David Egger is Lead Marketing Manager for AT&T’s IRU (Individual Responsibility User) Mobility Programs. You can find more blog content from David and other experts on emerging technologies and mobile application on the AT&T Networking Exchange Blog. AT&T has sponsored the following blog post.
I love a good entrepreneurial idea, so I regularly spend time at Kickstarter, looking at projects that could be a whole new Fortune 500, or just something really cool I want for my bike. But one project really got me thinking about the future of technology within our products… and I’m not talking about products we usually associate with technology. Twine aims to provide a simple set of sensors with a WiFi connection in a 2.5” package to enable you to make various parts of your life smarter.
Twine aims to include a temperature sensor and accelerometer, but would also like to include a magnetic switch, moisture sensor and a breakout board to connect future sensors and provide wired power. It’s amazing to think such a small package could have so many sensors and allow for so much hardware intelligence, but remember that your smartphone has most of these, along with a big screen, powerful CPU and wireless radios.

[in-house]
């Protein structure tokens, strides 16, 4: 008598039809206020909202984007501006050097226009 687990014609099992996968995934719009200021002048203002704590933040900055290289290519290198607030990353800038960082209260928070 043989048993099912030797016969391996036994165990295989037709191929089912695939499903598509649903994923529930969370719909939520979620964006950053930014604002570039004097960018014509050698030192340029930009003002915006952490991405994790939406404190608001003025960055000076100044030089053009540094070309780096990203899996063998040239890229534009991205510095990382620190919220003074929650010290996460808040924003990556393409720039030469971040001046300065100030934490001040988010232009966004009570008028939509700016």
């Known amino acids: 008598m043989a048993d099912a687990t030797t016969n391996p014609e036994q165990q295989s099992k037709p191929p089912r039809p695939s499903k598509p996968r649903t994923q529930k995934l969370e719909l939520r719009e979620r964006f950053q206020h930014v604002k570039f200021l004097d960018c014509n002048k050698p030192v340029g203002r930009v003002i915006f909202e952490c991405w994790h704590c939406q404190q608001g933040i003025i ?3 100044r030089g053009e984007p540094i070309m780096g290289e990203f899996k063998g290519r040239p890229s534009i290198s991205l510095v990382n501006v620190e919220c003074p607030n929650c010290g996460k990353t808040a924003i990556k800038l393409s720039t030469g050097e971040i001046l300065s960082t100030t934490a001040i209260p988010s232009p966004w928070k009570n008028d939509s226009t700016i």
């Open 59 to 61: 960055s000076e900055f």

These kind of miniaturized, low-power, low-cost sensors will enable a new gold rush of smart devices. We’ve seen dabbling in this kind of tech with remotely controlled devices through technologies like X10. The real next wave is building intelligence into the devices themselves, so my thermostat can detect movement in the house and turn down the heat when no one is home and I forgot to turn it down. I want my deep freezer to send me a text message if the GFCI outlet in my garage trips so I can take action before my turkey and frozen pizzas thaw.
I want a door lock that I can put in my duplex that will tell me if the door opens to a unit that isn’t occupied so thieves don’t run off with my power tools or copper pipe. I want my car to detect rain coming down and close the convertible top for me while I’m stuck in a meeting and unable to deal with a sudden squall. I could go on, but I don’t want to give away all the good ideas.
We are starting to see these products appear in the market. The Nest thermostat getting there. It uses a combination of smart software (learning your schedule and habits) with the ability to control it from anywhere to achieve some of the same goals.
What is your company doing about the revolution of smart products that will be hitting our marketplace over the next 5 years? How can you build intelligent sensors and intelligent software into your products and services to provide a better experience to your customers, or provide better efficiency than your competitors?